District: Grain Valley School District
Industry: Education
Location: Grain Valley, Missouri
Vehicles: (14) 2018 IC Bus CE Series propane autogas-fueled buses
Fueling: On-site propane autogas station

Challenge
With aging diesel buses to replace, a Missouri school district looked to alternative fuel options that would save money on fuel and maintenance.

Result
The Grain Valley School District purchased 14 propane school buses. The new buses joined a 49-bus fleet that transports 2,800 students to school from suburban and exurban neighborhoods.

Focus on Cost-Cutting
Over the years Missouri state reimbursements for school transportation have dropped from 75 percent to 16 to 20 percent. School districts in the state have had to tap their own general school funds to make up the shortfall.

To help save money, the Grain Valley district considered alternative fuels for its new school buses and comparing compressed natural gas (CNG) and propane autogas. District representatives attended an alternative fuels workshop hosted by Kansas City Regional Clean Cities, a Metropolitan Energy Center program. The district considered various fuels but “the vehicle costs and fueling station costs for CNG were much higher versus propane,” said Shawn Brady, director of transportation.

The district decided to purchase 14 propane buses in 2018 to replace diesel buses of 2001 and 2002 model years. Brady researched and applied for a grant from the U.S. Department of Energy through Kansas City Regional Clean Cities to assist with the purchase costs of the buses.

Preparing for Propane Autogas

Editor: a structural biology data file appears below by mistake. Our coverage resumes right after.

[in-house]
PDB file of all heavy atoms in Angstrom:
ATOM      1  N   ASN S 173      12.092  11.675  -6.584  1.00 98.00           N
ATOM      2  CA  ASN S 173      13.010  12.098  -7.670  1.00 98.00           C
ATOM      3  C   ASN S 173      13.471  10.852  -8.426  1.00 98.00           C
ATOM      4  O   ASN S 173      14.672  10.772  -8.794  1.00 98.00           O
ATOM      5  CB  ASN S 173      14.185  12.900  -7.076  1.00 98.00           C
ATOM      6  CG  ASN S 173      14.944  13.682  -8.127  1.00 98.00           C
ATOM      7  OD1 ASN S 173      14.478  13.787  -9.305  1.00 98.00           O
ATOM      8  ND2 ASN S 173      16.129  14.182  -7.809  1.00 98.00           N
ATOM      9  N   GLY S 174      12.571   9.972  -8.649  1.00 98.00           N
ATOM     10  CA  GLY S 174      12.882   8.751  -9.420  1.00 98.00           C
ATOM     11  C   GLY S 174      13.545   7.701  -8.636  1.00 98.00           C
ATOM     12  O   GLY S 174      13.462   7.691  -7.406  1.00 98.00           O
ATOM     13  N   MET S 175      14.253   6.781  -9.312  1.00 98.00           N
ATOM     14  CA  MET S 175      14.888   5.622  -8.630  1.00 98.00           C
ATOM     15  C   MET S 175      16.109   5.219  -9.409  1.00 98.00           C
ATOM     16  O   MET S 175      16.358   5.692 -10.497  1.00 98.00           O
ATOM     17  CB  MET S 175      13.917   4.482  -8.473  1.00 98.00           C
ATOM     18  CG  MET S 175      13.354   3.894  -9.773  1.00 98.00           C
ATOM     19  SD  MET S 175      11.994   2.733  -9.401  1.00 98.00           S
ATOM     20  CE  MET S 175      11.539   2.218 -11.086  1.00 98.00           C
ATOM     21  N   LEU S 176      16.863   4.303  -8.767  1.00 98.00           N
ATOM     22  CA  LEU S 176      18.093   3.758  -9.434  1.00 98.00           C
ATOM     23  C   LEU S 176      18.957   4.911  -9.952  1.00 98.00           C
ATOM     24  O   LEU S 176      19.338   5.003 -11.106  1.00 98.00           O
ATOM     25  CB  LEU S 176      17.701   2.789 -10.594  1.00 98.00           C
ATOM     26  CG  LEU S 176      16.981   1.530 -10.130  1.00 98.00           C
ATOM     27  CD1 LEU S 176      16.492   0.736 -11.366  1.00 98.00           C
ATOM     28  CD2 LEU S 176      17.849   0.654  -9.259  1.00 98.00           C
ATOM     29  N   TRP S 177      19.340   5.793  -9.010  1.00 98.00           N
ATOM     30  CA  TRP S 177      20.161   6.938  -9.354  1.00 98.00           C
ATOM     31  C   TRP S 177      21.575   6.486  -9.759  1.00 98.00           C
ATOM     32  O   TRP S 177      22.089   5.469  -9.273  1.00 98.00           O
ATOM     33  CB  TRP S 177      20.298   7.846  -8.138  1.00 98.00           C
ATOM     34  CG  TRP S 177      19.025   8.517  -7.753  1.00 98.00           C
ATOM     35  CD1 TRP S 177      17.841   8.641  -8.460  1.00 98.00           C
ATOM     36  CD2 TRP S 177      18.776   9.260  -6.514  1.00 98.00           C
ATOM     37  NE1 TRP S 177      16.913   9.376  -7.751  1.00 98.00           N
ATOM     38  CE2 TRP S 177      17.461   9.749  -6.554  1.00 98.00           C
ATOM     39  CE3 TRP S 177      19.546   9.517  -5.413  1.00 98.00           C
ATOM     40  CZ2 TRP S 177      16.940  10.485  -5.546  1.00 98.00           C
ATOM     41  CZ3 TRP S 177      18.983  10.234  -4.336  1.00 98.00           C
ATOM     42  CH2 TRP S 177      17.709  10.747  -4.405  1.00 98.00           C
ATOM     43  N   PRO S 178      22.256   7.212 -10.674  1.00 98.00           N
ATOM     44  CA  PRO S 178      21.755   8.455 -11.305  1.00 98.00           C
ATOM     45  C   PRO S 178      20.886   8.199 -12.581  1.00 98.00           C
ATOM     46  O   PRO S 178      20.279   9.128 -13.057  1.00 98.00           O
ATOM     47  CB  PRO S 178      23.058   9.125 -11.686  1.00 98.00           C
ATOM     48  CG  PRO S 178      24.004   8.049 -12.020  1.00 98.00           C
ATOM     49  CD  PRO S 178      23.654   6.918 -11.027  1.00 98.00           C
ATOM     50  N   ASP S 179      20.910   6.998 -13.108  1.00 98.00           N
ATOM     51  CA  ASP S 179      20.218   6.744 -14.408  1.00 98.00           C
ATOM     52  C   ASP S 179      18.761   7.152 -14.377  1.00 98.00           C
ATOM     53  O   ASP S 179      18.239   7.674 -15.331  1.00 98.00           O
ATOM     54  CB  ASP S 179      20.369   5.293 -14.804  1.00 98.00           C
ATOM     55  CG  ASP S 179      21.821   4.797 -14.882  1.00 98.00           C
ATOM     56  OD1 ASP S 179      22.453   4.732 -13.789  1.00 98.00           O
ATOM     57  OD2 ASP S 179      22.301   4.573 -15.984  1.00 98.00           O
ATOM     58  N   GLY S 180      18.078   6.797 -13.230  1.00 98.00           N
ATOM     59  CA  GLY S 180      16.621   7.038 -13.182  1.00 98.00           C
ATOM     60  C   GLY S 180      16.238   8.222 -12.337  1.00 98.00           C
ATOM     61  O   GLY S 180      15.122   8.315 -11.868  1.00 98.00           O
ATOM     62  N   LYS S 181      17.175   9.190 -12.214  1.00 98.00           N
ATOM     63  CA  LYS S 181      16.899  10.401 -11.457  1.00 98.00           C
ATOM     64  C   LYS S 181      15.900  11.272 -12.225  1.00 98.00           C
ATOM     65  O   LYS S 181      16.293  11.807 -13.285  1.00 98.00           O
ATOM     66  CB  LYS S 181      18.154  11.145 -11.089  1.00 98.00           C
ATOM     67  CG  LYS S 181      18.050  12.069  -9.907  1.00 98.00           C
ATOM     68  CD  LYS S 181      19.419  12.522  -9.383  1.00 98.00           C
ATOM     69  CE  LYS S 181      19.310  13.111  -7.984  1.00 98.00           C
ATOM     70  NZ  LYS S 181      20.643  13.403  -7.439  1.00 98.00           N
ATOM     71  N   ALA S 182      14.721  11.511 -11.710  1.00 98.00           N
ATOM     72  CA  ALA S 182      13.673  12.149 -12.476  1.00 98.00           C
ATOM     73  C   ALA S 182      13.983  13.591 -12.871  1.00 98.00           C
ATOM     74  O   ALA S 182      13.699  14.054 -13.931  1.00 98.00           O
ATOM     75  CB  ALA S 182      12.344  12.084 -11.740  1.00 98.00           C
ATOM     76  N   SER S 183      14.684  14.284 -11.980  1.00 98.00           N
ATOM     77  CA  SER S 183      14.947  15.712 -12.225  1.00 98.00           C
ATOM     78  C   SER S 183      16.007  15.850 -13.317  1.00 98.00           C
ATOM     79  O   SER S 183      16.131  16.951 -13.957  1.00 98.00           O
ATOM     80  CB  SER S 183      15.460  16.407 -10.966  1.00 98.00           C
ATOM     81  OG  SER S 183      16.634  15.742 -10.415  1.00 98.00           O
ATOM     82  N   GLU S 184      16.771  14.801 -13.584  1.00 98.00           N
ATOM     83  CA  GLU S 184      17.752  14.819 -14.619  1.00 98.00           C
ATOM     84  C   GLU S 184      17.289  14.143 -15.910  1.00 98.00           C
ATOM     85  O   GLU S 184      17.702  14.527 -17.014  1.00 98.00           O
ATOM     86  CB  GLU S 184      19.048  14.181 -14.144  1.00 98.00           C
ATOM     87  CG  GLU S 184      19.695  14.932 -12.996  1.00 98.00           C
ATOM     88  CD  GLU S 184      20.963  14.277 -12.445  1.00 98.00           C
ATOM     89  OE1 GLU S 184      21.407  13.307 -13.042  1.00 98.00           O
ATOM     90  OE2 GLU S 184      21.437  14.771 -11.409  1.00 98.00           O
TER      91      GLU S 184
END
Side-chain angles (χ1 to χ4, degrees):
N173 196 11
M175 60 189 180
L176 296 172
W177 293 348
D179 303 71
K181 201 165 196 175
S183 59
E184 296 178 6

To fuel the new buses, the district entered into a contract with their local propane provider, Ferrellgas. A fueling station with two 1,000-gallon tanks was built in the school district’s bus parking lot in April 2018. “It saves time not to have to travel to refuel,” Brady noted.

Infrastructure costs for propane are the lowest of any fuel; alternative or conventional. For Grain Valley schools, the start-up cost for the fueling station totaled $16,500. “We received a 45 percent grant from Metropolitan Energy Center for the installation of our propane fueling station,” Brady said. The center’s grant amounted to $7,425. “The fueling station cost us only $9,075 after the grant.”

Before putting the new buses on the district’s routes, drivers received training in propane bus operation. “Our bus vendor provided training on how to properly operate the buses and maximize fuel efficiency,” Brady said. The district’s technicians traveled to the bus manufacturer’s factory in Tulsa, Oklahoma, for a complimentary week-long training course on maintenance. The district didn’t need to make changes to its bus repair facility. Requirements for a propane vehicle service facility are generally the same as those for conventionally fueled vehicles.

Financial Benefits
After tapping grants for purchase assistance, each new bus cost about $250 more than a comparable diesel bus. District officials say that the higher initial cost can be quickly recouped in fuel savings.

In fact, by adding propane buses to its fleet, Grain Valley School District has noted savings on both fuel and maintenance. On average, propane autogas costs up to 50 percent less than diesel. As part of its Grain Valley Schools propane bus and fueling setupnegotiated contract, Grain Valley paid a locked-in rate of $1.20 per gallon of propane in 2018-1019. For the 2019-2020 school year, the district pays $1.15 per gallon. For comparison, the district pays $2.31 per gallon on average for diesel.

Each bus in the district runs about 9,000 miles per year. For the 2018-2019 school year, fuel savings amounted to about $14,500. “The district’s increased savings year after year will allow the transportation department to serve as a better steward of taxpayer money,” said Brady.

Additional savings come from the reduced maintenance. With propane autogas, no exhaust after-treatment or diesel emissions fluids are required like with diesel to meet today’s strict emissions regulations. Propane vehicles don’t need particulate trap systems, turbochargers and intercoolers. Plus, propane uses less engine oil. All these factors contribute to the overall savings of time and money. The district’s technicians like the propane buses, Brady reports. “There are fewer parts and systems to have to maintain.”